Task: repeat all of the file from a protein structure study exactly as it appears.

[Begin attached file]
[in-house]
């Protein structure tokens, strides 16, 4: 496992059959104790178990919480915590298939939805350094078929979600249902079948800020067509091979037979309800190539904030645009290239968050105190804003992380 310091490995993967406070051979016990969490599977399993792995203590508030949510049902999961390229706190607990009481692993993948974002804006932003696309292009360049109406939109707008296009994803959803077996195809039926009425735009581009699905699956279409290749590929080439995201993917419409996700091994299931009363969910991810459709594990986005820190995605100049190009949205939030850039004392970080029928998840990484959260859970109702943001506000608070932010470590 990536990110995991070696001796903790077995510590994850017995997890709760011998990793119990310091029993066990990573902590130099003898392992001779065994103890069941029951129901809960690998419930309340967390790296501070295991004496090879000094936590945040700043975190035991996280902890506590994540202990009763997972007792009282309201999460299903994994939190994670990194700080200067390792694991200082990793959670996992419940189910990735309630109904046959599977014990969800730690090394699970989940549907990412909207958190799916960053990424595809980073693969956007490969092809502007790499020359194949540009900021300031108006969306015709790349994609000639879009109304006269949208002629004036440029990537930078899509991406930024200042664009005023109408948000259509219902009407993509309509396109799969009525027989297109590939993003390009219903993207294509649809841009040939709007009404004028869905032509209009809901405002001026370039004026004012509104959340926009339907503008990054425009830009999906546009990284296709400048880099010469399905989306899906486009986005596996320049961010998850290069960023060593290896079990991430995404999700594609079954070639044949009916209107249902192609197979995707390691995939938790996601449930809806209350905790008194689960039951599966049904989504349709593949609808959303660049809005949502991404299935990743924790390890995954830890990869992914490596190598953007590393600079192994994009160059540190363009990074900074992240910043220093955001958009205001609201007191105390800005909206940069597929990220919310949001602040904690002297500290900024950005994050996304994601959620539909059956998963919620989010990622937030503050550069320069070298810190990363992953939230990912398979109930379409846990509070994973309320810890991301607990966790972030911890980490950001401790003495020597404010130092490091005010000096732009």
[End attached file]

[in-house]
């Protein structure tokens, strides 16, 4: 496992059959104790178990919480915590298939939805350094078929979600249902079948800020067509091979037979309800190539904030645009290239968050105190804003992380 310091490995993967406070051979016990969490599977399993792995203590508030949510049902999961390229706190607990009481692993993948974002804006932003696309292009360049109406939109707008296009994803959803077996195809039926009425735009581009699905699956279409290749590929080439995201993917419409996700091994299931009363969910991810459709594990986005820190995605100049190009949205939030850039004392970080029928998840990484959260859970109702943001506000608070932010470590 990536990110995991070696001796903790077995510590994850017995997890709760011998990793119990310091029993066990990573902590130099003898392992001779065994103890069941029951129901809960690998419930309340967390790296501070295991004496090879000094936590945040700043975190035991996280902890506590994540202990009763997972007792009282309201999460299903994994939190994670990194700080200067390792694991200082990793959670996992419940189910990735309630109904046959599977014990969800730690090394699970989940549907990412909207958190799916960053990424595809980073693969956007490969092809502007790499020359194949540009900021300031108006969306015709790349994609000639879009109304006269949208002629004036440029990537930078899509991406930024200042664009005023109408948000259509219902009407993509309509396109799969009525027989297109590939993003390009219903993207294509649809841009040939709007009404004028869905032509209009809901405002001026370039004026004012509104959340926009339907503008990054425009830009999906546009990284296709400048880099010469399905989306899906486009986005596996320049961010998850290069960023060593290896079990991430995404999700594609079954070639044949009916209107249902192609197979995707390691995939938790996601449930809806209350905790008194689960039951599966049904989504349709593949609808959303660049809005949502991404299935990743924790390890995954830890990869992914490596190598953007590393600079192994994009160059540190363009990074900074992240910043220093955001958009205001609201007191105390800005909206940069597929990220919310949001602040904690002297500290900024950005994050996304994601959620539909059956998963919620989010990622937030503050550069320069070298810190990363992953939230990912398979109930379409846990509070994973309320810890991301607990966790972030911890980490950001401790003495020597404010130092490091005010000096732009």